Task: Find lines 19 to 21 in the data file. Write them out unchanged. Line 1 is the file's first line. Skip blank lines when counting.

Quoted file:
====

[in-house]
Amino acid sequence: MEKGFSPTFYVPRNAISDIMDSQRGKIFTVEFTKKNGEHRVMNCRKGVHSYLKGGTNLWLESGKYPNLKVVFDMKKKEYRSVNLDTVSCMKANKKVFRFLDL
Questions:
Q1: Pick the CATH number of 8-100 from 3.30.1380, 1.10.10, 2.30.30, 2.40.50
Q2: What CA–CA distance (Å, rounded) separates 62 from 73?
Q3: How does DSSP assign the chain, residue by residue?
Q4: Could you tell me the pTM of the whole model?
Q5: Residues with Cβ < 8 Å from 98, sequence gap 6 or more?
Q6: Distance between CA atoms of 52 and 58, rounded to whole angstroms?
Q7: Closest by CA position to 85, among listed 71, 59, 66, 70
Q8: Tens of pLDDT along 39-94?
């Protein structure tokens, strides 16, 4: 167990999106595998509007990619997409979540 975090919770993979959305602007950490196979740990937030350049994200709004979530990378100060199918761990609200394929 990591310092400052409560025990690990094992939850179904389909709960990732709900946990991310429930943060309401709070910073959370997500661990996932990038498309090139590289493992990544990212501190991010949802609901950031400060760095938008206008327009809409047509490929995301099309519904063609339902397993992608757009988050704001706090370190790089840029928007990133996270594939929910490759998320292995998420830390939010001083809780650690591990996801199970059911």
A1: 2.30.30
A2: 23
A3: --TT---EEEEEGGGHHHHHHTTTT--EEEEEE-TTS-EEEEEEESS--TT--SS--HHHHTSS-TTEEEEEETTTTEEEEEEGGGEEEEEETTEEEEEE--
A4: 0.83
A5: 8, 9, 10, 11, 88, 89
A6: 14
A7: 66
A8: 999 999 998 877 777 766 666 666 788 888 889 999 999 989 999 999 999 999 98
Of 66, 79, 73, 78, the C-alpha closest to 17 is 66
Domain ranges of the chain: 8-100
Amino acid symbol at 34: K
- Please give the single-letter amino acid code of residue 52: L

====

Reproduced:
A7: 66
A8: 999 999 998 877 777 766 666 666 788 888 889 999 999 989 999 999 999 999 98
Of 66, 79, 73, 78, the C-alpha closest to 17 is 66